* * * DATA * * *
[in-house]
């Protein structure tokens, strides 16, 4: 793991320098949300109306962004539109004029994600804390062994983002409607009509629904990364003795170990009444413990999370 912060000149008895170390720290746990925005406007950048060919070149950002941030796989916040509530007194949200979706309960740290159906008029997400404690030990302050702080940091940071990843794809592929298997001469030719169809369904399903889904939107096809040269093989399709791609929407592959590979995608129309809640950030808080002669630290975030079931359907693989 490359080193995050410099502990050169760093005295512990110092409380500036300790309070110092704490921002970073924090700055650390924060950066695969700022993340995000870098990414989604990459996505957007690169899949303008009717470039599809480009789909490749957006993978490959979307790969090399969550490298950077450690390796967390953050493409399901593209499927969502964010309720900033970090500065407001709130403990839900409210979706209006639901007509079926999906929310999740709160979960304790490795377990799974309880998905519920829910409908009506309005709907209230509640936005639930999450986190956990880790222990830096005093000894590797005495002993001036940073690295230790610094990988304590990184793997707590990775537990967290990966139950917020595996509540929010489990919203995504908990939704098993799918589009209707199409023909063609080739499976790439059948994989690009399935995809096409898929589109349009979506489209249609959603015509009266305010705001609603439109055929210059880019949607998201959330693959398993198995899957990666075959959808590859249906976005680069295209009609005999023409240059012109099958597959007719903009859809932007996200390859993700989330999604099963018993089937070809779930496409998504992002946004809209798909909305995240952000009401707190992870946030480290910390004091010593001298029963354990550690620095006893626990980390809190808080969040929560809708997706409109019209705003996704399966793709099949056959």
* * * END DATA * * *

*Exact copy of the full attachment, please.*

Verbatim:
[in-house]
């Protein structure tokens, strides 16, 4: 793991320098949300109306962004539109004029994600804390062994983002409607009509629904990364003795170990009444413990999370 912060000149008895170390720290746990925005406007950048060919070149950002941030796989916040509530007194949200979706309960740290159906008029997400404690030990302050702080940091940071990843794809592929298997001469030719169809369904399903889904939107096809040269093989399709791609929407592959590979995608129309809640950030808080002669630290975030079931359907693989 490359080193995050410099502990050169760093005295512990110092409380500036300790309070110092704490921002970073924090700055650390924060950066695969700022993340995000870098990414989604990459996505957007690169899949303008009717470039599809480009789909490749957006993978490959979307790969090399969550490298950077450690390796967390953050493409399901593209499927969502964010309720900033970090500065407001709130403990839900409210979706209006639901007509079926999906929310999740709160979960304790490795377990799974309880998905519920829910409908009506309005709907209230509640936005639930999450986190956990880790222990830096005093000894590797005495002993001036940073690295230790610094990988304590990184793997707590990775537990967290990966139950917020595996509540929010489990919203995504908990939704098993799918589009209707199409023909063609080739499976790439059948994989690009399935995809096409898929589109349009979506489209249609959603015509009266305010705001609603439109055929210059880019949607998201959330693959398993198995899957990666075959959808590859249906976005680069295209009609005999023409240059012109099958597959007719903009859809932007996200390859993700989330999604099963018993089937070809779930496409998504992002946004809209798909909305995240952000009401707190992870946030480290910390004091010593001298029963354990550690620095006893626990980390809190808080969040929560809708997706409109019209705003996704399966793709099949056959």